The Platoon Commander
2nd Lieutenant Martin McMutton
2nd Lieutenant Martin McMutton is born in 1904 in Barrhead, East Renfrewshire as only son of well known local Doctor Douglas McMutton and his wife Drew McMutton. His mother dies of fever when he's still a toddler and thus he is brought up by his father who teaches him iron discipline, the rightful fear of god and instills in him a deep love of classical poetry.
When his father is called upon to serve as a medical officer in the Great War Martin is sent to Duke of York's Royal Military School for education. Being easily distracted and admittedly a little lazy he barely makes his grade and instead of pursuing a military career he then goes on to become a mechanic in the booming refrigeration industry.
He marries Paisley Robertson in 1929 and together they have two daughters Kacey and Annabelle. When the shadows of yet another war begin to gather over Europe he feels the obligation to make himself available to the armed forces of his Majesty. Being almost too short for a place on her majesties payroll it's due to his military school training that Martin is eventually enlisted as an officer into the 51st (Highland) Infantry Division in December 1939.

The Platoon Sergeant
Sergeant Curtis P. Campbell
Born in 1911 Curtis Campbell was a factory worker in his former life. As an intellectual looking man of average stature, sporting an imposing mustache in his hometown of Broxburn, West Lothian, he is well known for his love of a good (or cheap, whatever is to hand really) glass of red and his passion for the sound of dice on a gaming table. Just when some 'interested' party, wanting to be reimbursed for their expenses, is about to pay him a visit  he rather unexpectedly discovers an urge to defend the rights of the oppressed and downtrodden and goes to join the International Brigades in Spain early in 1937. However his stay is relatively short and so he leaves Spain following the Battle of Teruel to further Republican goals abroad. After the fall of the Republic he returns to Britain and enlists in the Army. His experiences in Spain help him to rise through the ranks and by June 1940 he finds himself Sergeant and 2iC of a Platoon. Quite to his own astonishment actually.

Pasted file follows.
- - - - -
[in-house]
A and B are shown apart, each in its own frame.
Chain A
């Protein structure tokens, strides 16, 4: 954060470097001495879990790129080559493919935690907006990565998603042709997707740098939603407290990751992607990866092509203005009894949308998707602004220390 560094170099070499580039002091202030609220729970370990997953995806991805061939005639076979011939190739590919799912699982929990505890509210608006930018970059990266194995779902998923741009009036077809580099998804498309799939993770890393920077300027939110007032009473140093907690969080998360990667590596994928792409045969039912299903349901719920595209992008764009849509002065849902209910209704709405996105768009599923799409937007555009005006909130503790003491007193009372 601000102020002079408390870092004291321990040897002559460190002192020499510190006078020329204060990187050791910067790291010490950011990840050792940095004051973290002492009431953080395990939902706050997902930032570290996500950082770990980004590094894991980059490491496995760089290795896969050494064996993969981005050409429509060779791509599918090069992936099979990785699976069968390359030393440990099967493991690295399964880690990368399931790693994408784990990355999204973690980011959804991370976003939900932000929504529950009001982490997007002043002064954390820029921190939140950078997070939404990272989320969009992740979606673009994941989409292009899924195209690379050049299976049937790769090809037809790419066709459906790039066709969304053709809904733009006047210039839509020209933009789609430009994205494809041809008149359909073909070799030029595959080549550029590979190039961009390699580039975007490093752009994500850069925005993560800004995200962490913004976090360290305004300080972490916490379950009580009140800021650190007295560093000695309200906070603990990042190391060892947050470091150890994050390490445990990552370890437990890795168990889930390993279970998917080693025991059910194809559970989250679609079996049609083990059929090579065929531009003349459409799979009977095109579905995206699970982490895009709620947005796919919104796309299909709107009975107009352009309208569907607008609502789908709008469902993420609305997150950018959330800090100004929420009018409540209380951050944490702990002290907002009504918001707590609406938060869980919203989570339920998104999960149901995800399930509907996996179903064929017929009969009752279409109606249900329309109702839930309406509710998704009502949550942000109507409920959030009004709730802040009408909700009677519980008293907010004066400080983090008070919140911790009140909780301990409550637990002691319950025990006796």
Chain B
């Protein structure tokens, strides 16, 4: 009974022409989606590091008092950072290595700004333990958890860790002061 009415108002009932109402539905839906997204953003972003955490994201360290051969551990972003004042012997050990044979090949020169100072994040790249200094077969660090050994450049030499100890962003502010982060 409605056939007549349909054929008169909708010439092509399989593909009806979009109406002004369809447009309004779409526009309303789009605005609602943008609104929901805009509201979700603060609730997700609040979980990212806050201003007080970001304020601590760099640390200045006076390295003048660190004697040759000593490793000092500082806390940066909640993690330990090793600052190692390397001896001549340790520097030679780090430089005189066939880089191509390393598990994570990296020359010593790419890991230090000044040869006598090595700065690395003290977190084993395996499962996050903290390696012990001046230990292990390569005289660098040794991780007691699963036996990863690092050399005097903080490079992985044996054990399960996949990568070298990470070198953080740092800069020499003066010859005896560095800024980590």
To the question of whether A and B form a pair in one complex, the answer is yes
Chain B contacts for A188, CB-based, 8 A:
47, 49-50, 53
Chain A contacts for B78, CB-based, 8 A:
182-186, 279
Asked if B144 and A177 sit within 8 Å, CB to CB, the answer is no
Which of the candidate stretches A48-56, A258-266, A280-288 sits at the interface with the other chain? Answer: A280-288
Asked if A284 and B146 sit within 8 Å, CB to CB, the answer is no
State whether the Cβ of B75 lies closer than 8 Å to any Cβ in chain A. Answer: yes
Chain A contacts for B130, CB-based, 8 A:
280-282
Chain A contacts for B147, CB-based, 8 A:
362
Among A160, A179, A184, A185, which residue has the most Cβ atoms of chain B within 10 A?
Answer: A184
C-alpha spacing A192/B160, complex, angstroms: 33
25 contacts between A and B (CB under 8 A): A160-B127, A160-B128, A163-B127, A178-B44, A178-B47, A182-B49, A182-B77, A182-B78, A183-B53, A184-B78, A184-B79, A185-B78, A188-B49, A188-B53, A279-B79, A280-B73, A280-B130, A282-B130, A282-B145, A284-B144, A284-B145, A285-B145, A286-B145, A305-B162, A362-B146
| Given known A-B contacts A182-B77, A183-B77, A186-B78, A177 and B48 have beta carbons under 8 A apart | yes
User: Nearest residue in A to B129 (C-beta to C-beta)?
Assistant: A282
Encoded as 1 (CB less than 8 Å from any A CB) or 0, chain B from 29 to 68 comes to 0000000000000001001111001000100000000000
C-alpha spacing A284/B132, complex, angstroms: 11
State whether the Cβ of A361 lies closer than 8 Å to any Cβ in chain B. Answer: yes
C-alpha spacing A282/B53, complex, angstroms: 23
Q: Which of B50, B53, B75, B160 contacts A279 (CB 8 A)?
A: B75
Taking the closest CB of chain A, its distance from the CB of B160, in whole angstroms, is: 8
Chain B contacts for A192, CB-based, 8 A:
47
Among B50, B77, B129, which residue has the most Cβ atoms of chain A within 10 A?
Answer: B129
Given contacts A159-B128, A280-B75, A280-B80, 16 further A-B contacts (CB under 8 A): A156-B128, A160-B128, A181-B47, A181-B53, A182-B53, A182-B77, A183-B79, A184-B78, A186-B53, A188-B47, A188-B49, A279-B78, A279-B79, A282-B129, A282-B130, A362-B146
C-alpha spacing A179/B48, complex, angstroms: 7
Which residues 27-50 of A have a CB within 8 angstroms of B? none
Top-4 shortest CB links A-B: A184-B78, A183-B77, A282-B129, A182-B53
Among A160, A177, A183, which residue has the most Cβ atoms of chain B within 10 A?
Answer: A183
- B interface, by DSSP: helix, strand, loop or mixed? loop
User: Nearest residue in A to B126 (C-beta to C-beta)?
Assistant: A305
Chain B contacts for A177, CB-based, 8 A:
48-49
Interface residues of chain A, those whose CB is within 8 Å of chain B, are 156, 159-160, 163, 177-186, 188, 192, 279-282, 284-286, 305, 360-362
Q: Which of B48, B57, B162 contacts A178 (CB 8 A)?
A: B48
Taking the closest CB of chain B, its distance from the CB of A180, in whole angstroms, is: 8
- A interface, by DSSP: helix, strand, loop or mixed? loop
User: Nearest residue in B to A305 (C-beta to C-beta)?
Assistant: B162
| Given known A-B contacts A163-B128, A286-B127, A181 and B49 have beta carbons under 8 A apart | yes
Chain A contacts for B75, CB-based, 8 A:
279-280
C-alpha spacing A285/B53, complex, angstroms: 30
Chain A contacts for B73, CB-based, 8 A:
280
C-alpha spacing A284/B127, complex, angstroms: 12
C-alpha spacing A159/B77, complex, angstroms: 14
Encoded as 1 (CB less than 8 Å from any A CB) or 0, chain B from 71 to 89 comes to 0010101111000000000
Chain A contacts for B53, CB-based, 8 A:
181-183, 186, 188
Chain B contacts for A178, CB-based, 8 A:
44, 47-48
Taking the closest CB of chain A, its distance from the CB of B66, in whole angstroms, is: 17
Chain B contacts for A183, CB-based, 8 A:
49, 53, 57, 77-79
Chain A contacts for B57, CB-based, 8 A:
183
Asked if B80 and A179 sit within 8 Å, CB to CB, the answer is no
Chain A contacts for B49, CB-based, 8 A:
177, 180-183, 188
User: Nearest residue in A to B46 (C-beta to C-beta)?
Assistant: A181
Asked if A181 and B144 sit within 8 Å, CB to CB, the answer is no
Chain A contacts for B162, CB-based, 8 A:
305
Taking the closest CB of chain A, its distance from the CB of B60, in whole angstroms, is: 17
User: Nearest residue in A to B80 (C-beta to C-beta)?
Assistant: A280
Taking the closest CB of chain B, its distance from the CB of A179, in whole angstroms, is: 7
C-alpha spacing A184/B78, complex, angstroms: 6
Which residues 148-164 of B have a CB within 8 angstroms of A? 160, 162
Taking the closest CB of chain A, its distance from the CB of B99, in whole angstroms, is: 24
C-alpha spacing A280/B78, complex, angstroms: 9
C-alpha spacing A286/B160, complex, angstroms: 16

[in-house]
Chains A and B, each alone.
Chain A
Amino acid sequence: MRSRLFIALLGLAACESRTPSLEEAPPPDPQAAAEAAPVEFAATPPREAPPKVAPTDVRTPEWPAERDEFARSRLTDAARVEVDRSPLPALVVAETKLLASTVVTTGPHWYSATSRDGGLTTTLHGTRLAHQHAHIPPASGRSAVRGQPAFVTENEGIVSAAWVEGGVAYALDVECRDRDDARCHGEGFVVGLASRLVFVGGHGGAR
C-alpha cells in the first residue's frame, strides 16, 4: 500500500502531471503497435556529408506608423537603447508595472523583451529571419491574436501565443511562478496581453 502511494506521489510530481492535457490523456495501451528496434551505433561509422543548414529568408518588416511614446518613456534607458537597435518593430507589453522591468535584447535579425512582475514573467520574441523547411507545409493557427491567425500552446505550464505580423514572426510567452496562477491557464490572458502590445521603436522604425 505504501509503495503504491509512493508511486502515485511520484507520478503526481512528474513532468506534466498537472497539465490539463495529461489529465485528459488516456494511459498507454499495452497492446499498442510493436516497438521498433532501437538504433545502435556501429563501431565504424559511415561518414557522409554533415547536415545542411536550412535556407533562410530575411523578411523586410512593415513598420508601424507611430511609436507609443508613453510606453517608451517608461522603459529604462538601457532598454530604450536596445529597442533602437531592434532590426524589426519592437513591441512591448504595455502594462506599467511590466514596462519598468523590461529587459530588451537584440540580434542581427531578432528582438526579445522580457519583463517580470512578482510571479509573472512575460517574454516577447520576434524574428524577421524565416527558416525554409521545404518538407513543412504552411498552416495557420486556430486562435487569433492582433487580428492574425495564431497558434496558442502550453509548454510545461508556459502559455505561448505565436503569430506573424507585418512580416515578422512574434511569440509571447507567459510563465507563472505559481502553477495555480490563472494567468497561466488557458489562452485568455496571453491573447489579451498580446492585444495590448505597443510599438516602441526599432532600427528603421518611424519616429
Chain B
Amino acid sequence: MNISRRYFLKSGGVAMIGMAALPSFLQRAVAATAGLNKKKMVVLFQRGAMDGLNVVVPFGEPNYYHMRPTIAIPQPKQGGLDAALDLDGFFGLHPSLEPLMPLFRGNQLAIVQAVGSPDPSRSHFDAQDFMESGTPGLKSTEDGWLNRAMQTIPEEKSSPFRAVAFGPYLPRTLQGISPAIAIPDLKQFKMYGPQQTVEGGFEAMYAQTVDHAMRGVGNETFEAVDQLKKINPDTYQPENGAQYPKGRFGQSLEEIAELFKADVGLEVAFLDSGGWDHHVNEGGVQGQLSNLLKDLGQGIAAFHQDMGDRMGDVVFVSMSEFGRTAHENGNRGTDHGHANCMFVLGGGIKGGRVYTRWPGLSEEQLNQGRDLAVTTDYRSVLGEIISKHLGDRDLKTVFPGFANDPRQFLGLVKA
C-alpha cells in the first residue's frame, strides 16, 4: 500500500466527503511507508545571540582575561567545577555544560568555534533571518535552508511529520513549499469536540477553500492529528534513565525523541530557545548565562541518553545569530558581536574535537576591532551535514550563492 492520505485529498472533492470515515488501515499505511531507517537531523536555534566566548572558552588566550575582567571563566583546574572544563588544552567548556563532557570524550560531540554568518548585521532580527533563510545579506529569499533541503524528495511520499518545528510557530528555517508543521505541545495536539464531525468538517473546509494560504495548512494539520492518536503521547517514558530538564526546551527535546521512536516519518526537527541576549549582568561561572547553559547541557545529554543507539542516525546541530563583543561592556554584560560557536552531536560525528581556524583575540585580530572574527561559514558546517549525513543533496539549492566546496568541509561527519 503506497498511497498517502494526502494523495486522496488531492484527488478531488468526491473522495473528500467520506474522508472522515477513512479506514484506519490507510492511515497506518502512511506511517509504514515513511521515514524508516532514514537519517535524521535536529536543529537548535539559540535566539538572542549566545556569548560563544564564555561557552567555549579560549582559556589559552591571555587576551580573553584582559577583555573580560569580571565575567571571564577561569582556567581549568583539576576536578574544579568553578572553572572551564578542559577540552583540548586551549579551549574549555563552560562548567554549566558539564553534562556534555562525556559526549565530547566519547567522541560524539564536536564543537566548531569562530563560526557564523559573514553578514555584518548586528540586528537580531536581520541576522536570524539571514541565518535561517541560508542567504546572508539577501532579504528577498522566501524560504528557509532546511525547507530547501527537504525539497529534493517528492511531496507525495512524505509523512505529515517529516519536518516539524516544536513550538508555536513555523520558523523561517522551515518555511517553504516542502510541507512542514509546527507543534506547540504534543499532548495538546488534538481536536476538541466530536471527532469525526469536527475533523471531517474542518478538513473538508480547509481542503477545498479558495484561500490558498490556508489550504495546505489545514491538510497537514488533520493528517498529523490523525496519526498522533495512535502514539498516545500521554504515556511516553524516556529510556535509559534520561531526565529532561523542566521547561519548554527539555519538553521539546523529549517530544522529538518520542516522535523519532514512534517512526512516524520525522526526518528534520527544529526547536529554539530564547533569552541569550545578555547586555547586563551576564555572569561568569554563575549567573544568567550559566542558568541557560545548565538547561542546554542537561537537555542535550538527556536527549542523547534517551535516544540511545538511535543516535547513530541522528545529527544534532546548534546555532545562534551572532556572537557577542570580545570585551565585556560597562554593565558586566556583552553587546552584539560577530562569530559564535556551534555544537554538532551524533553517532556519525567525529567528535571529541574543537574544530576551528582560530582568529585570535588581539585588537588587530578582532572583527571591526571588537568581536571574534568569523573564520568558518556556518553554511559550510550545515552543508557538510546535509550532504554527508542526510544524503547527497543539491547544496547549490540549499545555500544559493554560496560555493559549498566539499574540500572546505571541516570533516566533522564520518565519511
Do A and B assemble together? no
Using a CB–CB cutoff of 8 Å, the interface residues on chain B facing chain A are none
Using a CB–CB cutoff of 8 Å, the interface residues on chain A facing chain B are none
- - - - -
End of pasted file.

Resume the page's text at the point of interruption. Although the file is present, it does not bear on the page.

Corporal 1st Section
Corporal Christopher O'Sliter - 1st Section
At 26 O'Sliter is actually one of the older men in the Platoon. Of short stature, but never one to be messed with, Christopher has an artistic streak and when he's not momentarily occupied with shaping his section into the best section of the Platoon, if not the whole damn army, he can often be seen painting small figurines by the light of a small lamp and the sound of the radio at his desk. Before his military service he tries to make a living of his artistic skill, but the world probably wasn't yet ready to support a living based on painting military figurines to almost naturalistic detail. So as a way out of poverty he decides to join the army. Actually intent on joining the Royal Tank Corps, O'Sliter somehow walks through the wrong door at the recruitment office and ends up in the 51st (Highland) Infantry Division.

Corporal 2nd Section
Corporal Patrick Smyth - 2nd Section - Field promotion
After Corporal Dockertys untimely demise Patrick Smyth gets a field promotion to Corporal and is put in charge of 2nd Section. Born in Musselburgh, East Lothian, in 1919 he's a gardener by profession. Despite his young age he's famous throughout the county and beyond for his skill. His specialty is the recreation of naturalistic looking landscapes in even the tiniest gardens. Rumor has it he's even managed to squeeze a little copy of an Italian hill-town into his latest project. The demand for his services has even led to him writing a book wherein he discloses many a secret of his art to those aspiring to emulate his works. When war breaks out in Europe it finds Patrick working on his second book. Despite the well advanced stage of this second installment he feels the obligation to answer the call to arms and enlists in the 51st (Highland) Infantry Division. In the evenings and during lulls in the fighting he can often be seen writing  and making sketches of the springtime french landscape. Could it be that he's gathering materiel for even a third book?